Kingsville — The Javelina Alumni Association at Texas A&M University-Kingsville will honor six alumni during the school’s annual Homecoming celebration. Five have been named Distinguished Alumni for 2018 and one has been named the year’s Rising Star.
Javelina Nation will celebrate Homecoming festivities October 22-27, 2018.
Distinguished Alumni Awards are presented to individuals whose personal and professional accomplishments have brought honor and prestige to Javelina Nation. The Rising Star Award recognizes graduates of Texas A&M-Kingsville who have experienced professional success and who arewithin 15 years of their graduation.
New Distinguished Alumni are:
James Gandy, Class of 1974, Frisco
James W. Hill, Class of 1968, Los Angeles
Alan Johnson, Class of 1971, Harlingen
Cynthia Lee Vidaurri, Class of 1991, Washington D.C.
Robert H. Welker, Class of 1950, Washington, TX
The Rising Star is Manny Salazar III, Class of 2005, Kingsville.
The Javelina Alumni Association’s annual Distinguished Alumni Awards will be held at 5:30 p.m. Friday, Oct. 26, in the Grand Ballrooms of the Memorial Student Union Building.
About the Distinguished Alumni Award Recipients
James Gandy has been the president of the Frisco Economic Development Corporation (FEDC) for 22 years. During this time, he has helped grow the population of Frisco by 307 percent, from 15,000 people to over 138,000 people. He has enhanced the quality of life by attracting new businesses, corporate headquarters and retail centers like Stonebriar Centre Mall, Centre at Preston Ridge and major retailers like IKEA. His success has earned the city of Fresno over 300 projects that have the potential of creating and retaining jobs with over $7 billion initial capital investments.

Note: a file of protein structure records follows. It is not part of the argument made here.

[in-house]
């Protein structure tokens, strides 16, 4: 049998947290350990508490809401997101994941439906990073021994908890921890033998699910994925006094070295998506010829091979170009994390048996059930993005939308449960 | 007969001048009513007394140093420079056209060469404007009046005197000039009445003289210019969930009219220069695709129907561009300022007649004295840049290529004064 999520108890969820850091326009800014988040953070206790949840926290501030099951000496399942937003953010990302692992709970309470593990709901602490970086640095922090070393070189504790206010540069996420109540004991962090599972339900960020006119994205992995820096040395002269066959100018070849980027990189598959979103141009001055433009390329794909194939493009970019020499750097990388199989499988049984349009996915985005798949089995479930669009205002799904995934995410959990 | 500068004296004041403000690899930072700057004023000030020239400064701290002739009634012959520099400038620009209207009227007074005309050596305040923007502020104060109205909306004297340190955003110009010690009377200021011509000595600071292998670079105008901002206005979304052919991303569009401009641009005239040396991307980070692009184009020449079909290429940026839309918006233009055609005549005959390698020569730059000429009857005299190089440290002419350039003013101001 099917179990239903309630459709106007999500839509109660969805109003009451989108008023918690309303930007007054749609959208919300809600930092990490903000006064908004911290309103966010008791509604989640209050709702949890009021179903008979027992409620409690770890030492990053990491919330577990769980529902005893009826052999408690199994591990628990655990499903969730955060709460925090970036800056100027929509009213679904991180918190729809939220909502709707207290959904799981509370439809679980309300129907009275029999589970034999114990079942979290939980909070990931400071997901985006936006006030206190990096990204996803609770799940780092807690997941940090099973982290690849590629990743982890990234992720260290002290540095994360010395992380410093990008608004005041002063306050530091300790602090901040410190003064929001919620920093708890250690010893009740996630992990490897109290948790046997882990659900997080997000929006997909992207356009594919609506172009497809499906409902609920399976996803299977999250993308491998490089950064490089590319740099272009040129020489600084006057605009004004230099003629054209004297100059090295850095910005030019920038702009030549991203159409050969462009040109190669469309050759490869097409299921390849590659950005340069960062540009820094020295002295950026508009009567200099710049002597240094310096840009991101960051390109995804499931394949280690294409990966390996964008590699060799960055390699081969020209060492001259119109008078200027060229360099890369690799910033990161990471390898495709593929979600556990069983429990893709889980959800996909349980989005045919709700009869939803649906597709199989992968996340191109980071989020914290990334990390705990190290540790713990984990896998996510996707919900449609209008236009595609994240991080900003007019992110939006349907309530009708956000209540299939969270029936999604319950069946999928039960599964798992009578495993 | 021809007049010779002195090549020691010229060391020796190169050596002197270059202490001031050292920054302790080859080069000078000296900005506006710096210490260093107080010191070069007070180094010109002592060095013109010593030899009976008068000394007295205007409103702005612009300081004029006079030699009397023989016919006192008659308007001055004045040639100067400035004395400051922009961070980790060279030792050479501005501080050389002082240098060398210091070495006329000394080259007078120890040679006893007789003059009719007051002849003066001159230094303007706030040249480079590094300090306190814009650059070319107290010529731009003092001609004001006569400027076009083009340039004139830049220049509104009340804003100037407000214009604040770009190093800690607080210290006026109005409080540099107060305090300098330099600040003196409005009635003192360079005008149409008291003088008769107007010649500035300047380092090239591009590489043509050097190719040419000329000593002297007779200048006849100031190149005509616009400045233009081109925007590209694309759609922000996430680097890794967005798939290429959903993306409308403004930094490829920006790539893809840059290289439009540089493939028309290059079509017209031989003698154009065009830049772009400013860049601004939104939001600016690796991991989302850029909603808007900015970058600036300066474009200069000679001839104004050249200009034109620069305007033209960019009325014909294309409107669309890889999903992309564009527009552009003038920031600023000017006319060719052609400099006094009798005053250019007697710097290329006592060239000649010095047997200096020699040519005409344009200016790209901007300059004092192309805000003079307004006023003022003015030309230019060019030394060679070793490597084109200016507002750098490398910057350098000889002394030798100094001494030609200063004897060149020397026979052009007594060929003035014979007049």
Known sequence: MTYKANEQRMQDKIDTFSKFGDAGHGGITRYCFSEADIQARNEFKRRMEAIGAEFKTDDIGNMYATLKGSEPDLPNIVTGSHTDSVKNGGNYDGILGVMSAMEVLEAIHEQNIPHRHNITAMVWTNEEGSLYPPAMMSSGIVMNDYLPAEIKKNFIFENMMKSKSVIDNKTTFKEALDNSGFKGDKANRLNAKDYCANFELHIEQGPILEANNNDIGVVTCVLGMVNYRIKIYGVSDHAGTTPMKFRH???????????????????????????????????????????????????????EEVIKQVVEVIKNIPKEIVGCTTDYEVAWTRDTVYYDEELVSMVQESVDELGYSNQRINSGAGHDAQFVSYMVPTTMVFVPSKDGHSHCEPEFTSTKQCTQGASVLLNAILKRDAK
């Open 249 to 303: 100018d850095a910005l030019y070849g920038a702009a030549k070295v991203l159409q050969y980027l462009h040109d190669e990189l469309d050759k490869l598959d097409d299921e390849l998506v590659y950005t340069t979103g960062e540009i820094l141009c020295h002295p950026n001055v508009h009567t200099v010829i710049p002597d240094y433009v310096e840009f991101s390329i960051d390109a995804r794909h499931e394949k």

A few of the major attractions he has brought to Frisco include Frisco Superdrome, Dr. Pepper Ballpark, Dr. Pepper Arena, Fieldhouse USA and most recently the world corporate headquarters of the Dallas Cowboys and the city-owned, multi-purpose event center.
Gandy received a bachelor’s degree in business administration in management from Texas A&I University. He played for the championship football team from 1970-74 earning the NAIA National Football Championships in his freshman and senior years. He is a member of the Javelina Hall of Fame. He also proudly wore his championship ring in a meeting with the NCAA about moving the FCS Championship to Frisco.
He is a licensed Texas Real Estate Agent, Certified Commercial Investment Member and Certified Economic Developer. Gandy has served as president of the San Marcos Chamber of Commerce and Jackson County Chamber of Commerce; director of Economic Development Seguin; and president and CEO of JLG Investments.
He received the Chairman’s Award and the Citizen of the Year Award from the Frisco Chamber of Commerce.
James W. Hill is one of the most recognizable Texas A&I graduates. In his time as an undergraduate at Texas A&I, he spent a considerable amount of time on the football field. As captain his senior year, he led the Javelina football team to their first undefeated season ever. He graduated with a bachelor’s degree in communications.
In 1968, his senior year, Hill was drafted by the San Diego Chargers as a defensive back in the first round, 18th overall. He played for the Chargers from 1969 to 1971. He moved to the Green Bay Packers from 1972 to 1974 and then to the Cleveland Browns in 1975. In 94 games, he had 19 interceptions for 292 yards and one touchdown.